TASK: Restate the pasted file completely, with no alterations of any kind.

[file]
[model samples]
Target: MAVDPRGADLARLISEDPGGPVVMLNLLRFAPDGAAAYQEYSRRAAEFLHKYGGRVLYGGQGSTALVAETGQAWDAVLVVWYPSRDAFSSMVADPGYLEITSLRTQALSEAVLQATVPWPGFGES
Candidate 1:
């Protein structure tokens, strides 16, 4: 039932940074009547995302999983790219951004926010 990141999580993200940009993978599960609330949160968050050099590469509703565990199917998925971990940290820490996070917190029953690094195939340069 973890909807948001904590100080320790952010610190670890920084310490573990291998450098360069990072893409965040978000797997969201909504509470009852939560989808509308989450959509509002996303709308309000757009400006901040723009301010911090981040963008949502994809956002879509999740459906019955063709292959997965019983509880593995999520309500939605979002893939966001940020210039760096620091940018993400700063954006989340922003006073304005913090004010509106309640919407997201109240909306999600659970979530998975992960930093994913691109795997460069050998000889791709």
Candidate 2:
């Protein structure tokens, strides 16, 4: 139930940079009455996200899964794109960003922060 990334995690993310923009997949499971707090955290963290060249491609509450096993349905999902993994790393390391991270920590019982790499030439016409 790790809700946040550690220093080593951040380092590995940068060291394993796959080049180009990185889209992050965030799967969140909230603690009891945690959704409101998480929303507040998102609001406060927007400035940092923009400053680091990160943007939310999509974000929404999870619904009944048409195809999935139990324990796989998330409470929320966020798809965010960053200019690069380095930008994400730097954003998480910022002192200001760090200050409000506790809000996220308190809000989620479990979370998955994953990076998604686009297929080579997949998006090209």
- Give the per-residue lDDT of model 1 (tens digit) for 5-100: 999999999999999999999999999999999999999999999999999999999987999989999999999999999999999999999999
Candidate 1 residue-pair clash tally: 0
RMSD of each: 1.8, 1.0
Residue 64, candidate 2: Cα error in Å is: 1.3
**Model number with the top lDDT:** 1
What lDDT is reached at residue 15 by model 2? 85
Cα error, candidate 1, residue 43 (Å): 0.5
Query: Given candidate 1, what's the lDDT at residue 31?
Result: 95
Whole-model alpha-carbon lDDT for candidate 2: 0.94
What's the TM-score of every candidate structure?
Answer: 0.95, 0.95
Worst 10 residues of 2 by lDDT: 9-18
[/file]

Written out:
[model samples]
Target: MAVDPRGADLARLISEDPGGPVVMLNLLRFAPDGAAAYQEYSRRAAEFLHKYGGRVLYGGQGSTALVAETGQAWDAVLVVWYPSRDAFSSMVADPGYLEITSLRTQALSEAVLQATVPWPGFGES
Candidate 1:
């Protein structure tokens, strides 16, 4: 039932940074009547995302999983790219951004926010 990141999580993200940009993978599960609330949160968050050099590469509703565990199917998925971990940290820490996070917190029953690094195939340069 973890909807948001904590100080320790952010610190670890920084310490573990291998450098360069990072893409965040978000797997969201909504509470009852939560989808509308989450959509509002996303709308309000757009400006901040723009301010911090981040963008949502994809956002879509999740459906019955063709292959997965019983509880593995999520309500939605979002893939966001940020210039760096620091940018993400700063954006989340922003006073304005913090004010509106309640919407997201109240909306999600659970979530998975992960930093994913691109795997460069050998000889791709």
Candidate 2:
């Protein structure tokens, strides 16, 4: 139930940079009455996200899964794109960003922060 990334995690993310923009997949499971707090955290963290060249491609509450096993349905999902993994790393390391991270920590019982790499030439016409 790790809700946040550690220093080593951040380092590995940068060291394993796959080049180009990185889209992050965030799967969140909230603690009891945690959704409101998480929303507040998102609001406060927007400035940092923009400053680091990160943007939310999509974000929404999870619904009944048409195809999935139990324990796989998330409470929320966020798809965010960053200019690069380095930008994400730097954003998480910022002192200001760090200050409000506790809000996220308190809000989620479990979370998955994953990076998604686009297929080579997949998006090209």
- Give the per-residue lDDT of model 1 (tens digit) for 5-100: 999999999999999999999999999999999999999999999999999999999987999989999999999999999999999999999999
Candidate 1 residue-pair clash tally: 0
RMSD of each: 1.8, 1.0
Residue 64, candidate 2: Cα error in Å is: 1.3
**Model number with the top lDDT:** 1
What lDDT is reached at residue 15 by model 2? 85
Cα error, candidate 1, residue 43 (Å): 0.5
Query: Given candidate 1, what's the lDDT at residue 31?
Result: 95
Whole-model alpha-carbon lDDT for candidate 2: 0.94
What's the TM-score of every candidate structure?
Answer: 0.95, 0.95
Worst 10 residues of 2 by lDDT: 9-18